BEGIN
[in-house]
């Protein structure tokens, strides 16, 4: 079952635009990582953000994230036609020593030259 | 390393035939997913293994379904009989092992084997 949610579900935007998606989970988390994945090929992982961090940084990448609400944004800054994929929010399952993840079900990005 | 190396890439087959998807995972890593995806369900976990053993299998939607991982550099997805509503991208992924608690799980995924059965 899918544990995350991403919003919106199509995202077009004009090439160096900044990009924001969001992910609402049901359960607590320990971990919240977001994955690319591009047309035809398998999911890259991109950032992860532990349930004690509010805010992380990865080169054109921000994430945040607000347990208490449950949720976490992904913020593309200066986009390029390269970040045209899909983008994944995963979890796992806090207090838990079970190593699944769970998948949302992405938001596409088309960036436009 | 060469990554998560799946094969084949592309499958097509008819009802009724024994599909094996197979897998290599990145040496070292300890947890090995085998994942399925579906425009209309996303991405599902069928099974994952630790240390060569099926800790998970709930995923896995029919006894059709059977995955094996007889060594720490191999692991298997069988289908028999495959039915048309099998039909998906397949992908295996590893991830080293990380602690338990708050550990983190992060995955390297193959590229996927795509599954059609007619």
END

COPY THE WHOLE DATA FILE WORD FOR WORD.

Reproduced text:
[in-house]
């Protein structure tokens, strides 16, 4: 079952635009990582953000994230036609020593030259 | 390393035939997913293994379904009989092992084997 949610579900935007998606989970988390994945090929992982961090940084990448609400944004800054994929929010399952993840079900990005 | 190396890439087959998807995972890593995806369900976990053993299998939607991982550099997805509503991208992924608690799980995924059965 899918544990995350991403919003919106199509995202077009004009090439160096900044990009924001969001992910609402049901359960607590320990971990919240977001994955690319591009047309035809398998999911890259991109950032992860532990349930004690509010805010992380990865080169054109921000994430945040607000347990208490449950949720976490992904913020593309200066986009390029390269970040045209899909983008994944995963979890796992806090207090838990079970190593699944769970998948949302992405938001596409088309960036436009 | 060469990554998560799946094969084949592309499958097509008819009802009724024994599909094996197979897998290599990145040496070292300890947890090995085998994942399925579906425009209309996303991405599902069928099974994952630790240390060569099926800790998970709930995923896995029919006894059709059977995955094996007889060594720490191999692991298997069988289908028999495959039915048309099998039909998906397949992908295996590893991830080293990380602690338990708050550990983190992060995955390297193959590229996927795509599954059609007619």